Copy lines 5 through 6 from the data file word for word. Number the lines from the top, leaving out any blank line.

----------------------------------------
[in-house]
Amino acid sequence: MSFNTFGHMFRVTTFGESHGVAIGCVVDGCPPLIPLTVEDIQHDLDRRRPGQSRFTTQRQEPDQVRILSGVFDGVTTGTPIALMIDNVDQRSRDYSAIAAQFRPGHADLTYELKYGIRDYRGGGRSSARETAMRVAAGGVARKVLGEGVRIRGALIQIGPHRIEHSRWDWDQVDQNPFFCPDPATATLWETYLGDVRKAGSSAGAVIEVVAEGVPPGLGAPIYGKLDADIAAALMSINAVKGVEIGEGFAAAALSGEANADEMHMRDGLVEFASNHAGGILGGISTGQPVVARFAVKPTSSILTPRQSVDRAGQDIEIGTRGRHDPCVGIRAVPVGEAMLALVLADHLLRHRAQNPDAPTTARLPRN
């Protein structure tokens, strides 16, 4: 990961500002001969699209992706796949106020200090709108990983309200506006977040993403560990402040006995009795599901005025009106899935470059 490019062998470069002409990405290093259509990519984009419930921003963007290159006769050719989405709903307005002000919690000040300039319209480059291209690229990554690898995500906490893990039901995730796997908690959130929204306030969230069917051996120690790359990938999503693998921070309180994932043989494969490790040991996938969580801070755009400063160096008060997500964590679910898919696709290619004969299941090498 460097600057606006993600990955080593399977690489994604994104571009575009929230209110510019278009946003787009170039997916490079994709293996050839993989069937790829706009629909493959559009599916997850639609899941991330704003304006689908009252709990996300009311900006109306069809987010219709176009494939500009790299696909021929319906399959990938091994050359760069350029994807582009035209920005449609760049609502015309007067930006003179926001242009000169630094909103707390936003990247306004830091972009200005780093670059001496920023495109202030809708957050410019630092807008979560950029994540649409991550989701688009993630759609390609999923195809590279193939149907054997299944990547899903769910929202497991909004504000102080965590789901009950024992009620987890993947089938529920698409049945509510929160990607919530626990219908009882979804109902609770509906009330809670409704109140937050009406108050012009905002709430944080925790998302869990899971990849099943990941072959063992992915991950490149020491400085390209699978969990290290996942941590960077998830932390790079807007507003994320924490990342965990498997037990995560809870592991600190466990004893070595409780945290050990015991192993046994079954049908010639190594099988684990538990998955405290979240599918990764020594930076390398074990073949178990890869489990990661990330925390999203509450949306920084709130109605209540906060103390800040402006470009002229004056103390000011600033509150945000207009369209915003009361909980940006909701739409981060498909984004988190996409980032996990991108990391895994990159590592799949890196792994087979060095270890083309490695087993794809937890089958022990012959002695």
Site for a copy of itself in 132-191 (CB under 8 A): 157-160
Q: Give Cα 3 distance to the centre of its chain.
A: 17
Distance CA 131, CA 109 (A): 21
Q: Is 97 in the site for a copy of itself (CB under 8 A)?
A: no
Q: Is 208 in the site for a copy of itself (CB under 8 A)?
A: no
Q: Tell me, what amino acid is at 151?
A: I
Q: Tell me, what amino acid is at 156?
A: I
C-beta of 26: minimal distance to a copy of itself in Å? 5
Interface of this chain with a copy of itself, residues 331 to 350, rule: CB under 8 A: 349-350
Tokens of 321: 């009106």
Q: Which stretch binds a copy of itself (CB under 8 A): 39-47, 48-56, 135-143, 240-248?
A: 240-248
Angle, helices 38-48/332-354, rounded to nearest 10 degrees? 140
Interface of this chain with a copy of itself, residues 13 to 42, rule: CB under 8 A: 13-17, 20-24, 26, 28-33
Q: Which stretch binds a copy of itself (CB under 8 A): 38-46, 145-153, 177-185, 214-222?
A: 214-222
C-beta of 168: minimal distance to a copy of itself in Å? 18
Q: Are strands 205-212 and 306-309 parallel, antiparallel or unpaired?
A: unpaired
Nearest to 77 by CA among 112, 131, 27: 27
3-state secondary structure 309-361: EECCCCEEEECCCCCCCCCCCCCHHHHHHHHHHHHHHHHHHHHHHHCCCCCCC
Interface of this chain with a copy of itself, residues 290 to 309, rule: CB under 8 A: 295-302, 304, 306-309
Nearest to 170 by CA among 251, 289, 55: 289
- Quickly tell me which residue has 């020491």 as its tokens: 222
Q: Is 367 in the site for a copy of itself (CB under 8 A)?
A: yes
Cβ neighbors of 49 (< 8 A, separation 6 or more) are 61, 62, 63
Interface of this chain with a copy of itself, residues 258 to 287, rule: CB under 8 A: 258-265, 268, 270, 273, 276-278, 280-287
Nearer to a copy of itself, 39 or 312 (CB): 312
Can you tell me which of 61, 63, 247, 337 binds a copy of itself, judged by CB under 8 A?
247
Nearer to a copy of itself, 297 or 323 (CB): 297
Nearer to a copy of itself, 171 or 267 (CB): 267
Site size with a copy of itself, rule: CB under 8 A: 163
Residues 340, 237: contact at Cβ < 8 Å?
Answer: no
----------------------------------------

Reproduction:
Q: Give Cα 3 distance to the centre of its chain.
A: 17